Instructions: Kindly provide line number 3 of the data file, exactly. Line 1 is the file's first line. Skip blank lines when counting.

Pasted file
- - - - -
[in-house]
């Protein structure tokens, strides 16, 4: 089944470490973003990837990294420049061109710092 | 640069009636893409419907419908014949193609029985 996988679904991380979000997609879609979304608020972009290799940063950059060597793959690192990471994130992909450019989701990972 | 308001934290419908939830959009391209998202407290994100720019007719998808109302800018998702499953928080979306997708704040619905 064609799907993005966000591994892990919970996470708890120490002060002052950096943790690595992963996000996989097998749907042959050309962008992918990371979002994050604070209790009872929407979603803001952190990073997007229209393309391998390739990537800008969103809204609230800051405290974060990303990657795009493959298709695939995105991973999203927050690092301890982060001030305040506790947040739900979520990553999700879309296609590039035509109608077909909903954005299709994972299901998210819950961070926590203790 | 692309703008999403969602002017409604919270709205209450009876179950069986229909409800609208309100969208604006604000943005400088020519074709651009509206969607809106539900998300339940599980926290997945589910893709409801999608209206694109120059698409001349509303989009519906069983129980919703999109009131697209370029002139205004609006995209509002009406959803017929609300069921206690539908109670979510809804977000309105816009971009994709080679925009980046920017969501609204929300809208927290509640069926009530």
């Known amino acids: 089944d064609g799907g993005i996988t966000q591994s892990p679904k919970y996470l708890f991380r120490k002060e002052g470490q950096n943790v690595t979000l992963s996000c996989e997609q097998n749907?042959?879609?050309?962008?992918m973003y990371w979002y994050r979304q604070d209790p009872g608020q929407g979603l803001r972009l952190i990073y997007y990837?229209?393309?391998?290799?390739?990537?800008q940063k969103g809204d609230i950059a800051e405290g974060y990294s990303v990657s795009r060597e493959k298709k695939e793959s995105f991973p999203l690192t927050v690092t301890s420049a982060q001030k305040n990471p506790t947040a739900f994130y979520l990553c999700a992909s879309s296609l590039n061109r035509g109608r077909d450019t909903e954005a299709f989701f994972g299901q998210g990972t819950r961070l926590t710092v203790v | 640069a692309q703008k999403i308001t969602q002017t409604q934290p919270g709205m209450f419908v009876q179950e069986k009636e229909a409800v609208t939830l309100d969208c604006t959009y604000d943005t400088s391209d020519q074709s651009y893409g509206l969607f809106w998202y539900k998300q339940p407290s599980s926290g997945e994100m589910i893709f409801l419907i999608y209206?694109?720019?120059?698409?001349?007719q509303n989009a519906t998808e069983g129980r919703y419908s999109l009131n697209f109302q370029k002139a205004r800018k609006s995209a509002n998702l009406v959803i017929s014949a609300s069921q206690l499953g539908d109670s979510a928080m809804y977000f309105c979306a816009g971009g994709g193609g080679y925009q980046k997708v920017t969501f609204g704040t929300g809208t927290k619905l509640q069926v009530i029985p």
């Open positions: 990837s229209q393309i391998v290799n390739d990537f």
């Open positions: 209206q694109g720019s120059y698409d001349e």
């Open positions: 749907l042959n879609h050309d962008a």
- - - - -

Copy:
């Known amino acids: 089944d064609g799907g993005i996988t966000q591994s892990p679904k919970y996470l708890f991380r120490k002060e002052g470490q950096n943790v690595t979000l992963s996000c996989e997609q097998n749907?042959?879609?050309?962008?992918m973003y990371w979002y994050r979304q604070d209790p009872g608020q929407g979603l803001r972009l952190i990073y997007y990837?229209?393309?391998?290799?390739?990537?800008q940063k969103g809204d609230i950059a800051e405290g974060y990294s990303v990657s795009r060597e493959k298709k695939e793959s995105f991973p999203l690192t927050v690092t301890s420049a982060q001030k305040n990471p506790t947040a739900f994130y979520l990553c999700a992909s879309s296609l590039n061109r035509g109608r077909d450019t909903e954005a299709f989701f994972g299901q998210g990972t819950r961070l926590t710092v203790v | 640069a692309q703008k999403i308001t969602q002017t409604q934290p919270g709205m209450f419908v009876q179950e069986k009636e229909a409800v609208t939830l309100d969208c604006t959009y604000d943005t400088s391209d020519q074709s651009y893409g509206l969607f809106w998202y539900k998300q339940p407290s599980s926290g997945e994100m589910i893709f409801l419907i999608y209206?694109?720019?120059?698409?001349?007719q509303n989009a519906t998808e069983g129980r919703y419908s999109l009131n697209f109302q370029k002139a205004r800018k609006s995209a509002n998702l009406v959803i017929s014949a609300s069921q206690l499953g539908d109670s979510a928080m809804y977000f309105c979306a816009g971009g994709g193609g080679y925009q980046k997708v920017t969501f609204g704040t929300g809208t927290k619905l509640q069926v009530i029985p």